If euthanasia is necessary, how do plan to proceed?


That type of thing.

Edited by alibabba - 8/2/15 at 9:15pm
post #118 of 191

Action speak louder than words.  its been over 2 weeks. just sayin...............

post #119 of 191
Originally Posted by gek005 View Post


Dennis at Eureka Farms up in Pottstown PA has midget white turkeys. Really small operation, but very clean and he is super knowledgeable. We just got some chicks from him. Wonderful experience! No shipping, but road trip? More info at He is also on this site -


Thanks so much! I'm trying to convince my husband that we absolutely need an adorable tiny turkey... I don't think he's convinced yet...

post #120 of 191

I have read the debate over hatcheries being indoors/outdoors that began in this discussion about LFF. For context, I visited LFF whenI picked up my birds in early 2015 before it closed. As everyone said, it was indoors. But birds were kept in large farm building with clean bedding and ample room per bird -- lots of room -- to run and flap around, plus plenty of natural light. These were airy farm buildings that pretty much blocked out the wind, predators, disease, and not much more.  The reason for this is obvious -- young birds in bitter weather is not a good mix. Also, allowing them outside where wild songbirds or migratory waterfowl can poop on them and contaminate them with parasites or AI is not a good idea, either. Plus, these are young birds in the first weeks of life. They aren't even supposed to be outside in the winter or early spring when they are born to be of size in time for the Easter rush.  Bottom line, I saw absolutely nothing inhumane about the keeping of birds at LFF. Most of these birds never saw a cage and could do their chicken behaviors as they waited to be purchased.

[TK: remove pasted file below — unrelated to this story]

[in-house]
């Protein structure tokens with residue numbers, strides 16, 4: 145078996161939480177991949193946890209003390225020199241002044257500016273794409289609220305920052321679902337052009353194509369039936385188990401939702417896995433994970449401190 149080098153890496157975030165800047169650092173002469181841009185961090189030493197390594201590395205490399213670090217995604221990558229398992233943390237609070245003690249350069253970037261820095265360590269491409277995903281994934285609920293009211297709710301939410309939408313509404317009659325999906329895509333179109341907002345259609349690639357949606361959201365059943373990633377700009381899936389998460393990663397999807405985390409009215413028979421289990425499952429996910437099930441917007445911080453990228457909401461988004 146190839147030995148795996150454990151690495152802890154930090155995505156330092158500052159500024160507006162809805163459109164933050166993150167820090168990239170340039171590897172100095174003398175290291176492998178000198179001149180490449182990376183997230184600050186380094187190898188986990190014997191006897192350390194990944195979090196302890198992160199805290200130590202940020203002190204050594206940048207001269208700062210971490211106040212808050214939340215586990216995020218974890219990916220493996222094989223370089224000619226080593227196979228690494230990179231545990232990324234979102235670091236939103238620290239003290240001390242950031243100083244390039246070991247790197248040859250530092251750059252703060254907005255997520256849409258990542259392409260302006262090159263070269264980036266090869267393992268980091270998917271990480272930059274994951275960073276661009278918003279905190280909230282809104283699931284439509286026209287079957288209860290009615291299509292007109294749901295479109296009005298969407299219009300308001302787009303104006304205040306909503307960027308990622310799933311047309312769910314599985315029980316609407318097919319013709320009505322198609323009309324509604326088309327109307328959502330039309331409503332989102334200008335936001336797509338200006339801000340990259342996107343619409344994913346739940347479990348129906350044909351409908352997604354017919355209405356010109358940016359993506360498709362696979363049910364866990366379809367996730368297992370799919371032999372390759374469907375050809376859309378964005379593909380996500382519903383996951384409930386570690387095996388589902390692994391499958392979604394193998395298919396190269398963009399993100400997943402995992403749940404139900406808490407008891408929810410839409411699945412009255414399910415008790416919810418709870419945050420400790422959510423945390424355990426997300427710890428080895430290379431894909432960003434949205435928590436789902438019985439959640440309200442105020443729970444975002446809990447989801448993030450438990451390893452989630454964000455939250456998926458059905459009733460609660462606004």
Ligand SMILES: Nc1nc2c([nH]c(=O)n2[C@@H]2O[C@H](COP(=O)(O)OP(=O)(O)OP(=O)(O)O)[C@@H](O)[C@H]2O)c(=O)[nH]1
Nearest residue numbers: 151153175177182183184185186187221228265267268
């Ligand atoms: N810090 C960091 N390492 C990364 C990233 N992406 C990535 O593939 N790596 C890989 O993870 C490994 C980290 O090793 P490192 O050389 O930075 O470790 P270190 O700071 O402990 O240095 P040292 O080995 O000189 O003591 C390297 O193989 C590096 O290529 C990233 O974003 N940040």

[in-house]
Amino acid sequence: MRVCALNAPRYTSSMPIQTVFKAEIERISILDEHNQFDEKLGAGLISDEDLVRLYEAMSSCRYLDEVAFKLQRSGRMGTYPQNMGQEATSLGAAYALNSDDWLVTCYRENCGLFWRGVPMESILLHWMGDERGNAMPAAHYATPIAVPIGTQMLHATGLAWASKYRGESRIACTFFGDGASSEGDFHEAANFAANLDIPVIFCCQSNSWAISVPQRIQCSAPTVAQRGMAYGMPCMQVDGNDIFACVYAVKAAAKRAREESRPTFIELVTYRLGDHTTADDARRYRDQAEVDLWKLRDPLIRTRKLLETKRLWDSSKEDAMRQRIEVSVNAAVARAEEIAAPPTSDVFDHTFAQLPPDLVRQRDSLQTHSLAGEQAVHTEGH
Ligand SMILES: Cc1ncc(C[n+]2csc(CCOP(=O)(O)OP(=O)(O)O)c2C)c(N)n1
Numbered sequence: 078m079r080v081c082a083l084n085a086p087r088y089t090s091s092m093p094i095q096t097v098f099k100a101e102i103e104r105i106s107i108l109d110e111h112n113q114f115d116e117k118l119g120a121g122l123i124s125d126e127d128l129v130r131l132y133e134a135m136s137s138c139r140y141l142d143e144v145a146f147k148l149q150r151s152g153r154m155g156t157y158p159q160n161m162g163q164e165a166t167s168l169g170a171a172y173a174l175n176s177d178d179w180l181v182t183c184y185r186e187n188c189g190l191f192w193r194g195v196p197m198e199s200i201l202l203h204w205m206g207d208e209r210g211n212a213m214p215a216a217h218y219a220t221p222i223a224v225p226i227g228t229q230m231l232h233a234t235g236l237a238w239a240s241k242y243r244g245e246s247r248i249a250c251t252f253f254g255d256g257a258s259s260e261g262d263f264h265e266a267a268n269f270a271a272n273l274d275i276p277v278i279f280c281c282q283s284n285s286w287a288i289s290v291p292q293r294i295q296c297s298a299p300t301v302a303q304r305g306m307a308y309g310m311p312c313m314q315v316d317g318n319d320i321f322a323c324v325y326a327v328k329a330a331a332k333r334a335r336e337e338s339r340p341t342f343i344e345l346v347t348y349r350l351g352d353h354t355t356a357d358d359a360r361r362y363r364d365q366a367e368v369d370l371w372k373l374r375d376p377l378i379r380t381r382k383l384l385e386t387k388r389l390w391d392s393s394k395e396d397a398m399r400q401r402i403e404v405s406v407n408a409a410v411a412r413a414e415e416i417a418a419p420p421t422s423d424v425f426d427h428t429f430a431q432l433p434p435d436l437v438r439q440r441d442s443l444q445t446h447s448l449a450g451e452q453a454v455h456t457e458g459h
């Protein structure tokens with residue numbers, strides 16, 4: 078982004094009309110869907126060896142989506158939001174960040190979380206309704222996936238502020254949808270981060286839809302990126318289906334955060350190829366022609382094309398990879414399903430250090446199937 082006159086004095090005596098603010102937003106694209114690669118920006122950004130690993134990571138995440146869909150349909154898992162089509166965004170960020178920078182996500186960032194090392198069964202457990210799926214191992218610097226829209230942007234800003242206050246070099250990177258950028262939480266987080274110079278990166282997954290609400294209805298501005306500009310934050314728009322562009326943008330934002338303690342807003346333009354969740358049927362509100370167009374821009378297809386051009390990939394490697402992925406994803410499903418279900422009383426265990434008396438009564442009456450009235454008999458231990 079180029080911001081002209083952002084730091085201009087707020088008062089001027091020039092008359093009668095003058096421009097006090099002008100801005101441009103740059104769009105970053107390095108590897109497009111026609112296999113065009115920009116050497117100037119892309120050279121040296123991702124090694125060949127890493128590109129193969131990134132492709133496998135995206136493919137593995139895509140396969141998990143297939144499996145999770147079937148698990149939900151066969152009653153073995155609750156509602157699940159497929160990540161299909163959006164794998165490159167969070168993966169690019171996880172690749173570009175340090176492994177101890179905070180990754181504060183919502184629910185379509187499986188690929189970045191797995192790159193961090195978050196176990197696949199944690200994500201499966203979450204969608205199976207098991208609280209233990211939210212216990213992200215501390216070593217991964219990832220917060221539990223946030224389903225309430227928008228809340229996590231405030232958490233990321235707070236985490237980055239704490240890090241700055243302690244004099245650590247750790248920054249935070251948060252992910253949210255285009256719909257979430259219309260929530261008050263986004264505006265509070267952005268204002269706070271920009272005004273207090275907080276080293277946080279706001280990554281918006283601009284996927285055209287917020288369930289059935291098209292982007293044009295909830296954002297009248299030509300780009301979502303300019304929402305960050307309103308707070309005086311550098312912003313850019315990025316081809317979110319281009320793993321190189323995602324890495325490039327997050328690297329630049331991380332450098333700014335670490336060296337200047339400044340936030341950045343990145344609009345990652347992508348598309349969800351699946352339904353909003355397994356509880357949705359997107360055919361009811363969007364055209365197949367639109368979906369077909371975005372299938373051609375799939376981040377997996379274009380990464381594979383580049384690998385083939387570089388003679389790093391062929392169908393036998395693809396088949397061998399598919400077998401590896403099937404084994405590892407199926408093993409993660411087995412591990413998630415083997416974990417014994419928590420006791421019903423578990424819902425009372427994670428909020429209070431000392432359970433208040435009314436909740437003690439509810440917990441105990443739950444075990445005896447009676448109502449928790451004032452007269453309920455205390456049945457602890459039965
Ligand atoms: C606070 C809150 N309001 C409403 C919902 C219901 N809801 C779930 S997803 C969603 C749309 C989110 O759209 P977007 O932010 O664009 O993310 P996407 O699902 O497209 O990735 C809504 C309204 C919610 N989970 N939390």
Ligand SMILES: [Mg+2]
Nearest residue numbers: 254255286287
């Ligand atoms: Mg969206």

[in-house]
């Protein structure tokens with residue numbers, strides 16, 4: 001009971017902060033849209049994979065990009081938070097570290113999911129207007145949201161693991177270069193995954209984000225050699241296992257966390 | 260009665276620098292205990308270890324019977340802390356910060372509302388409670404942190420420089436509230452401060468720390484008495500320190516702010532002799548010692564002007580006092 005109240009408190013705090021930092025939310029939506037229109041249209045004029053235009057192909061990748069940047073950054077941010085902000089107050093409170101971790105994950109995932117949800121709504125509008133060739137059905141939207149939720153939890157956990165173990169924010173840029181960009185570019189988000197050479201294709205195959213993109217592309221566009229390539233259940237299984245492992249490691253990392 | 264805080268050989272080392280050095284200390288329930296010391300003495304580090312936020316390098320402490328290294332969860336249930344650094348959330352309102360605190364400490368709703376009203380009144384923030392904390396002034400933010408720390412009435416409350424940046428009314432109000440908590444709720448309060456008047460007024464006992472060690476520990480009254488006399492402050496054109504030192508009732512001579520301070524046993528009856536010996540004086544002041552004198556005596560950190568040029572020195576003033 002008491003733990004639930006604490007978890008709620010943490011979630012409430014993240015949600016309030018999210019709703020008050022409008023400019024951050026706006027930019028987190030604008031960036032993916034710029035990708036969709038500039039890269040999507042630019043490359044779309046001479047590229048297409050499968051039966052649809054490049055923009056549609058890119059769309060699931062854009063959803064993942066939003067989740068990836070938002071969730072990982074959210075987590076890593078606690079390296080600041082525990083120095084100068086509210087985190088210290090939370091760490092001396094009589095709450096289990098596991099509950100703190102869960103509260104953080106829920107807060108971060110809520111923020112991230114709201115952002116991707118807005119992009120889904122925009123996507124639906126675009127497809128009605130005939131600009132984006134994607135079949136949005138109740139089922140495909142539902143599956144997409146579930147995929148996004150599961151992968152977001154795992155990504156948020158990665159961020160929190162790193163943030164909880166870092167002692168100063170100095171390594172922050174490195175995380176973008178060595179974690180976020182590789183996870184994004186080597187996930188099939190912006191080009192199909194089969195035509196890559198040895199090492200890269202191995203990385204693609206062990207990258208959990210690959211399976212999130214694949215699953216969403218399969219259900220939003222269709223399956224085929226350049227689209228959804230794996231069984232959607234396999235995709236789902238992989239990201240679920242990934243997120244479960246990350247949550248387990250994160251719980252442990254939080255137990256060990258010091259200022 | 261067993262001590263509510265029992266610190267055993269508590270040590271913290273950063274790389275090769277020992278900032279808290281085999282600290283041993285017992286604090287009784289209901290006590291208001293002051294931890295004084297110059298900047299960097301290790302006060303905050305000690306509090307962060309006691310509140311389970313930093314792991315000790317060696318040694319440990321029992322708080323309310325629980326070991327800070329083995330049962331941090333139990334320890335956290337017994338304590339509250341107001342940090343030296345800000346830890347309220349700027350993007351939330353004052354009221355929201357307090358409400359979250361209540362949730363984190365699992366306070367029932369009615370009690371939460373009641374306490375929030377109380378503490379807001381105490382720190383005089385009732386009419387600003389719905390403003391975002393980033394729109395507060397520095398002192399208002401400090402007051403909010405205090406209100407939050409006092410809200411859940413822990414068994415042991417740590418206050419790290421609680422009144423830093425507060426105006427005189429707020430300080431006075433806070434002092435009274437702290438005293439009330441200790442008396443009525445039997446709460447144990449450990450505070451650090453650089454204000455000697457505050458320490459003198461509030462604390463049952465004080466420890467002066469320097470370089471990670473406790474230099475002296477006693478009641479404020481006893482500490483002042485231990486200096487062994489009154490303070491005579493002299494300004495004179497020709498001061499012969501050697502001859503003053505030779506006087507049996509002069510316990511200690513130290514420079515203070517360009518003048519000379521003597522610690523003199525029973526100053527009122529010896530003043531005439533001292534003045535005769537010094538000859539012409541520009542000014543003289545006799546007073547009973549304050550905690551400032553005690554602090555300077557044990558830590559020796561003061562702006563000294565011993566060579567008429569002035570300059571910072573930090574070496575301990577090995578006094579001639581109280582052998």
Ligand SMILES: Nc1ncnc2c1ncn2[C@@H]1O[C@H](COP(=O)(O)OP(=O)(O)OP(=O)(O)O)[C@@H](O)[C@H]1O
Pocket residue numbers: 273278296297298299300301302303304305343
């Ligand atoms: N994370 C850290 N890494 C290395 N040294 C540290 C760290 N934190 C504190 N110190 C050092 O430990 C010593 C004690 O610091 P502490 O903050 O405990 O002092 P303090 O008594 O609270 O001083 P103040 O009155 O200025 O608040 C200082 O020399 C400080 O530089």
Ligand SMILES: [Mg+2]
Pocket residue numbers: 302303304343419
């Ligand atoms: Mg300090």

New Posts  All Forums:Forum Nav:
  Return Home
  Back to Forum: Chicken Breeders & Hatcheries
BackYard Chickens › BYC Forum › Chicken Breeds › Chicken Breeders & Hatcheries › Beware Lancaster Fancy Fowl